NEWPORT, Rhode Island – Just a few days ago, Kyrie Irving had never been anything other than an opponent to all of the Boston Celtics. Now, Irving is a teammate, and the C’s are quickly growing to enjoy that change.
Irving and the Celtics are two days and four practices into their season and have spent the entirety of Monday, Tuesday and Wednesday together. They’re learning each other’s personalities off the court, and although many of them have played against Irving in the past, they’re learning about his tendencies on the court as well.
Al Horford has seen in person how great Irving is, many, many times. In fact, Horford had an up-close and personal view of Irving dropping 42 points on the Celtics during Game 4 of the Eastern Conference Finals in May.
Yet still, it took only two days of practices for the 6-foot-3 guard to essentially drop Horford’s jaw seven feet to the floor.
“His ability to finish just keeps surprising me,” Horford said Wednesday afternoon as he raised his eyebrows. “The degree of difficulty on some of those layups that he is able to put up… I mean, it’s impressive.”
Likewise, Terry Rozier, who has been tasked with defending Irving for much of the team’s practice time, has seen greatness handling the ball in front of him.
“He’s a tough one to guard, probably one of the toughest guys I’ve ever had to guard in my life,” Rozier said.
The third-year guard then explained what, exactly, makes Irving so difficult to defend.
“I just feel like he has so many counters,” he stated. “If you cut off one counter, he’ll go to the next one. He’s just so smart. He gets his teammates open and he knows the game.”
Jayson Tatum, a good friend of Irving’s well before their arrivals this summer in Boston, has not been forced to defend Irving in a full-time role during practice. He has, however, awed at the video-game like play that Irving displays on the court each and every day.
“[Being his teammate is] different,” said Tatum. “Seeing him every day and being with him, and just seeing the type of player he is. It’s different when you’re watching on TV than when you’re in practice and team meals … It’s just something you see on TV, and now it’s like, it’s right in front of you. You see how tough it is to guard somebody like that.”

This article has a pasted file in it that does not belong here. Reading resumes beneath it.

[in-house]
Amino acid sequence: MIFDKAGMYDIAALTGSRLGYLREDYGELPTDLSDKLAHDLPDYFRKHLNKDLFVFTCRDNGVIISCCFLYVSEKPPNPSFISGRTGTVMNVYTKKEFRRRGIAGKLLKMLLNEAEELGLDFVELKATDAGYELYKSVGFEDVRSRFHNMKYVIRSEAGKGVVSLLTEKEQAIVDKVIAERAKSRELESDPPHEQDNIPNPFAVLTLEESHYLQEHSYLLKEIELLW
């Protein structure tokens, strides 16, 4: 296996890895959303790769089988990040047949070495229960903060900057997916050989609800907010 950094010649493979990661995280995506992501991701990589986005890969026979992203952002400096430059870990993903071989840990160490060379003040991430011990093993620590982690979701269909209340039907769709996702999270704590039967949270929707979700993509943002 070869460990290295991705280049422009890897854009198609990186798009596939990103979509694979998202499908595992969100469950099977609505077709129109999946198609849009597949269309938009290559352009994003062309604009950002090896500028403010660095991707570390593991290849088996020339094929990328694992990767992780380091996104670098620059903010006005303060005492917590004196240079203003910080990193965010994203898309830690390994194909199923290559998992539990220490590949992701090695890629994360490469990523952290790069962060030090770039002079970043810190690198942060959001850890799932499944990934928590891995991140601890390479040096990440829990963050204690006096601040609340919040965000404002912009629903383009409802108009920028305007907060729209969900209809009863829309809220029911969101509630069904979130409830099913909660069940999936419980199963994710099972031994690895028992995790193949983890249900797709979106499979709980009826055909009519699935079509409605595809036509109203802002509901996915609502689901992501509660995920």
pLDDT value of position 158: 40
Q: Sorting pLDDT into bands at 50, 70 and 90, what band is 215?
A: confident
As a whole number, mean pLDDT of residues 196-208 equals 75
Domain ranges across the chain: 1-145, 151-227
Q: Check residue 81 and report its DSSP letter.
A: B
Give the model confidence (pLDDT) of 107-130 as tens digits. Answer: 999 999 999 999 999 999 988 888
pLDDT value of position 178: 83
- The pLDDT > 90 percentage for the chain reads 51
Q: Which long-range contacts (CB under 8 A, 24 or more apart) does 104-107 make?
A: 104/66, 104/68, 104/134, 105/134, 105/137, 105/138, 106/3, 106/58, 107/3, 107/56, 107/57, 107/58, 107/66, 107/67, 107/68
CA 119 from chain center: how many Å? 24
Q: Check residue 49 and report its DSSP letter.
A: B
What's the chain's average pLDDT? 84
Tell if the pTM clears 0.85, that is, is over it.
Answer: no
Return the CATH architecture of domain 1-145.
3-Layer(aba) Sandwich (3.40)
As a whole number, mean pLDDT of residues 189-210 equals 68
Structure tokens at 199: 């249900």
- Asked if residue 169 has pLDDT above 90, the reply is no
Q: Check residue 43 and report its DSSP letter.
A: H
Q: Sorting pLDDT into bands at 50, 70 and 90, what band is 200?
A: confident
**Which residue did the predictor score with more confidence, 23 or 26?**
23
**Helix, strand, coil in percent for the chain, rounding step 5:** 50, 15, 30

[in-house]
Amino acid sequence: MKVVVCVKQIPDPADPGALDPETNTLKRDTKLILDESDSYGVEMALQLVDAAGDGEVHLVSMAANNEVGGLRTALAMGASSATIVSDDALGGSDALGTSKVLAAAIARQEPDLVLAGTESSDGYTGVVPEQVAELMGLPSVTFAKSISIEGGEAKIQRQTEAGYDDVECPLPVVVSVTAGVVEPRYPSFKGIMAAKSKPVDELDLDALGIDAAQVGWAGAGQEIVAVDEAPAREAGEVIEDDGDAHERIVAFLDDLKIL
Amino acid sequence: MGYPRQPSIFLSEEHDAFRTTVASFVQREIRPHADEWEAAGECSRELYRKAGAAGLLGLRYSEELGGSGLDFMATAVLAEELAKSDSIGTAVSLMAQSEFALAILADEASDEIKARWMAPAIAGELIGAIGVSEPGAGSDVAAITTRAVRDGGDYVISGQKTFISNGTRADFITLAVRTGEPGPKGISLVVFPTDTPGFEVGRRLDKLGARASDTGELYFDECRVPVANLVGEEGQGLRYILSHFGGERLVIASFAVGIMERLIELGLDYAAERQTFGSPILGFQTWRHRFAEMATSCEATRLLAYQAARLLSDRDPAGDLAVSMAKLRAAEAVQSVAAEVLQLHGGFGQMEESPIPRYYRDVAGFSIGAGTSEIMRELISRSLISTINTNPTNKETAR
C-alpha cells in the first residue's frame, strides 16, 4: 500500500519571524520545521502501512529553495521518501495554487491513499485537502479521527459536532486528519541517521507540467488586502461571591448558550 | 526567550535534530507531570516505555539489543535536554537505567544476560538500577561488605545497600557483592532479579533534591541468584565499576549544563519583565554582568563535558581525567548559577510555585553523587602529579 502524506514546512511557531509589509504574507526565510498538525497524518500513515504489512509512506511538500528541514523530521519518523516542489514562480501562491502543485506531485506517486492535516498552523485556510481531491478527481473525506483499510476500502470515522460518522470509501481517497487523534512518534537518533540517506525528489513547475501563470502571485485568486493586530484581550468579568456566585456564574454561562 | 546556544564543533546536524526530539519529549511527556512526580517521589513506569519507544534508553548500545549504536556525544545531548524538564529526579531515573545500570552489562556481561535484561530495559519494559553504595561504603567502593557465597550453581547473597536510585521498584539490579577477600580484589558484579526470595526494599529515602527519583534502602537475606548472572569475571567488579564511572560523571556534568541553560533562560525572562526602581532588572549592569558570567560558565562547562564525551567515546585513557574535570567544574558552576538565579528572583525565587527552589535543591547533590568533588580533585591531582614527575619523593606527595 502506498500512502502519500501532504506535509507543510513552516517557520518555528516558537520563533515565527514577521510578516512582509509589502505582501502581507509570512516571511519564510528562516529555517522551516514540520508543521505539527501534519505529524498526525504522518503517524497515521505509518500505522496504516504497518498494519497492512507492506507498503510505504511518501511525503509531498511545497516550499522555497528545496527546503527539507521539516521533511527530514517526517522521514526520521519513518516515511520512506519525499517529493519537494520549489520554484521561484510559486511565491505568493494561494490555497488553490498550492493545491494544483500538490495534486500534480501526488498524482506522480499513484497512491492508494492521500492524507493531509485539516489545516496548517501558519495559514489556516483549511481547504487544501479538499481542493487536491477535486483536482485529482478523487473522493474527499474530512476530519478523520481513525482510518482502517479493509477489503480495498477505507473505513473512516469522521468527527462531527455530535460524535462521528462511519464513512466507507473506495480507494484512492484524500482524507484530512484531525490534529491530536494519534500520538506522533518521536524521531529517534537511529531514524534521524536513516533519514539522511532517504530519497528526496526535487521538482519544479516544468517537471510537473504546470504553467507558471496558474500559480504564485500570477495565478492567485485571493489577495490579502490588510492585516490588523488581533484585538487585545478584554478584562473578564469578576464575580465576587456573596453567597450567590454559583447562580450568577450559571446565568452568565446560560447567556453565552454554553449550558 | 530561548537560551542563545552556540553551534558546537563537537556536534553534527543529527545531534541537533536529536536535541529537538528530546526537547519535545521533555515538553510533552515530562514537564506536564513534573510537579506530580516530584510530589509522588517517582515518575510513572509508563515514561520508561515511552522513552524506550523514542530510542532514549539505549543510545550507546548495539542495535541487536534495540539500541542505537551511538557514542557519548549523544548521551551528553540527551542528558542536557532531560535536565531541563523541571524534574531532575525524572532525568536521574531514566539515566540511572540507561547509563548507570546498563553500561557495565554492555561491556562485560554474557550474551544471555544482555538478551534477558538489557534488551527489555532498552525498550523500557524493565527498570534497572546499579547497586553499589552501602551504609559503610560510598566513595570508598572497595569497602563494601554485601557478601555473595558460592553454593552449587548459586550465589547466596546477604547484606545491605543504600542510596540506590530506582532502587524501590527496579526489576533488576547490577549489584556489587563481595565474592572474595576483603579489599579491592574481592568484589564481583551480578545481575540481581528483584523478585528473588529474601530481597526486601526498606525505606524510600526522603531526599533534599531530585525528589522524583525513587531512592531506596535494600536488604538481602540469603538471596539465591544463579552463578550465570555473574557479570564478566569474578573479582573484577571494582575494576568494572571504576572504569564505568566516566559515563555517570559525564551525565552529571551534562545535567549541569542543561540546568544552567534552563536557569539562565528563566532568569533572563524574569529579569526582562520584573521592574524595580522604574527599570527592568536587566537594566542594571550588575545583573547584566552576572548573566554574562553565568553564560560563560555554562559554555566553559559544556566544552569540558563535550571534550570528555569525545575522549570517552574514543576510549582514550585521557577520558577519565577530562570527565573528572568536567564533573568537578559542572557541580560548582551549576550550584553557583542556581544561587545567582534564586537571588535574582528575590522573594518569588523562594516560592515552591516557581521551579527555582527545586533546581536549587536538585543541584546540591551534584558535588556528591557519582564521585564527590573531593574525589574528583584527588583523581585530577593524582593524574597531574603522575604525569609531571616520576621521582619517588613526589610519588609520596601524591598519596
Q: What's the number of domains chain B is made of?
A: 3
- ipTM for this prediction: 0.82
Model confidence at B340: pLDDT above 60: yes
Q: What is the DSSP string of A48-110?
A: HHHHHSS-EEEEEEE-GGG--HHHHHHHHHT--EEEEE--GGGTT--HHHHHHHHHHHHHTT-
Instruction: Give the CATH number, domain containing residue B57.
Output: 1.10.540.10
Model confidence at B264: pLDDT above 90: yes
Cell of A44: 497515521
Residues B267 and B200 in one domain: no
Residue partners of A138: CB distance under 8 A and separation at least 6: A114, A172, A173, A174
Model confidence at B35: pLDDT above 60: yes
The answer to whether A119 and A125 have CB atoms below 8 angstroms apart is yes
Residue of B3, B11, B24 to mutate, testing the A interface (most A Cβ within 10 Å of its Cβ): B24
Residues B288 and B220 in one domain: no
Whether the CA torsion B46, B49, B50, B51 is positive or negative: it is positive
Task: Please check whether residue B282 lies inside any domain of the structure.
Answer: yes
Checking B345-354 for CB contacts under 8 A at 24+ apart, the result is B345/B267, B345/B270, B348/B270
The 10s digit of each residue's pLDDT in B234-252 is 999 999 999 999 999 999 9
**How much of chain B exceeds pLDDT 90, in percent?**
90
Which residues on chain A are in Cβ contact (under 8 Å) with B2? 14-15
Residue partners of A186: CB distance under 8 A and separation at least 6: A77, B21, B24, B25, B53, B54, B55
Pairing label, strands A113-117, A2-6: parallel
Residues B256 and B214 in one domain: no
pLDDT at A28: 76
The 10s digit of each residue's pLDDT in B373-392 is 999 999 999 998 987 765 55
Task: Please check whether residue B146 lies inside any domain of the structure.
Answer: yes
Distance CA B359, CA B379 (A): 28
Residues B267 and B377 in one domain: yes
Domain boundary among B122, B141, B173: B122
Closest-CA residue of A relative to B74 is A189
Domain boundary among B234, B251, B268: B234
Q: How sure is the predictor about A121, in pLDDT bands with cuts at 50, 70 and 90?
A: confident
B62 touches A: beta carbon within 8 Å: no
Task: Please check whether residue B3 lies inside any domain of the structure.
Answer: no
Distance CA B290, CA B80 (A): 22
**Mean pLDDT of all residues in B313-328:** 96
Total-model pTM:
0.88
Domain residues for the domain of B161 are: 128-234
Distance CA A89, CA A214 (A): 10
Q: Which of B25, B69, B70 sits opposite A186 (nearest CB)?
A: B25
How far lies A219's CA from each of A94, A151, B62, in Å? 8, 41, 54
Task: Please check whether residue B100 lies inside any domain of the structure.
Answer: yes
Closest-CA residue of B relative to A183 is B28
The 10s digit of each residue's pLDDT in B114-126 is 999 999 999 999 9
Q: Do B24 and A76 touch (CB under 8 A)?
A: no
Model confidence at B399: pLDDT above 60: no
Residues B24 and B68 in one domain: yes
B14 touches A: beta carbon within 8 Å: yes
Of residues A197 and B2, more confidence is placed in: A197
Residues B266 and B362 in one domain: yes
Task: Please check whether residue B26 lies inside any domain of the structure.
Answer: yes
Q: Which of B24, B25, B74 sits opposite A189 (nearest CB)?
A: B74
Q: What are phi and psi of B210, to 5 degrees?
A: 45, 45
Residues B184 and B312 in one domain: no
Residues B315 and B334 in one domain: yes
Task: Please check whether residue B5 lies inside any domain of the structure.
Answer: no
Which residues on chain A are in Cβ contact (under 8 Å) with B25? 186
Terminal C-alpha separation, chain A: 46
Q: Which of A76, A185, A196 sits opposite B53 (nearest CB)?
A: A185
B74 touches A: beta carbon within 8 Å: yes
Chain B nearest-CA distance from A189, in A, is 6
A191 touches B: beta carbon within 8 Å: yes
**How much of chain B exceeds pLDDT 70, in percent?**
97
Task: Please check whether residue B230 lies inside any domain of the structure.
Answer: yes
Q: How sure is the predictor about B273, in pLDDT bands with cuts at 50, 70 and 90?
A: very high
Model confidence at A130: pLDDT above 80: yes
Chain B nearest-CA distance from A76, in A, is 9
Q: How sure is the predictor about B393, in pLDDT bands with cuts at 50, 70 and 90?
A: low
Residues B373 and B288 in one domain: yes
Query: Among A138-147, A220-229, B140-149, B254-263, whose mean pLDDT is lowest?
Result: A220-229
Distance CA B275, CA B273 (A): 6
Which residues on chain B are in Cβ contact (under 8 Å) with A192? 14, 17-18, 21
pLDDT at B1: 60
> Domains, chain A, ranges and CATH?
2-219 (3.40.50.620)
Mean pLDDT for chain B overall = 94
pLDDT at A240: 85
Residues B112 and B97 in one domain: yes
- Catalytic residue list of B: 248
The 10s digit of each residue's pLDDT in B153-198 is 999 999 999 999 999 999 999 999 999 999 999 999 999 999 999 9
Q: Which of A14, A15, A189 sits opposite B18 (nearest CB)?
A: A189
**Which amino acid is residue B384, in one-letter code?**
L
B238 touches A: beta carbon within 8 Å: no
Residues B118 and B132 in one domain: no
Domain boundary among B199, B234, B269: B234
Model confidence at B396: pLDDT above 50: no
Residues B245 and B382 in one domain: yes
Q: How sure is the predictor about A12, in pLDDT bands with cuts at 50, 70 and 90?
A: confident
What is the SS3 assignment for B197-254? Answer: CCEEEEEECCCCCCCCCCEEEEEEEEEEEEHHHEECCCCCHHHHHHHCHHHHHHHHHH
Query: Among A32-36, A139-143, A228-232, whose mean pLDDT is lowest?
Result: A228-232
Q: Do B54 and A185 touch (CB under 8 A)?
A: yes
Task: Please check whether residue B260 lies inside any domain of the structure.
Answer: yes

It will be Brad Stevens’ responsibility to make it increasingly difficult for opponents to defend Irving this season.
Irving had played second fiddle to LeBron James for the past three seasons. This season in Boston, the offense will almost certainly run through Irving. Stevens wants to do his best to efficiently utilize the point guard’s strengths in high volume.
“As good as he is with the ball, he’s just as good off of it,” said Stevens. “So we’ll do a lot of both, and the key is to do it with some pace.”
Stevens has been excited by the pace that Irving and the C’s have displayed during their opening practices of the season. He stated Tuesday that “when we were at our very best [Tuesday], in the first day, we were really playing with a motor.” He followed that comment up Wednesday by saying that the morning practice session was “the best that we have looked.”
That’s pretty positive feedback for a brand-new team, with a brand-new, all-world point guard running the show.
The team’s trip to Newport may have helped to speed up the acclimation process for the new crew, which includes 10 new players and many new members on the team’s training staff. Irving, according to Rozier, has played a substantial role in the team growing closer together in a very brief amount of time.
“He made it seem like he’s been on the team for a couple of years,” said Rozier. “He made himself comfortable and everyone around him comfortable. He talks to everyone, whether it’s on the bus or whether it’s in practice. He’s great to be around.”
He wasn’t great to be around in May. Back then, he was busy dicing the Celtics up and kicking them to the curb.
Now Irving is on the other side of the ball. He is a Celtic, and his teammates wouldn’t have it any other way.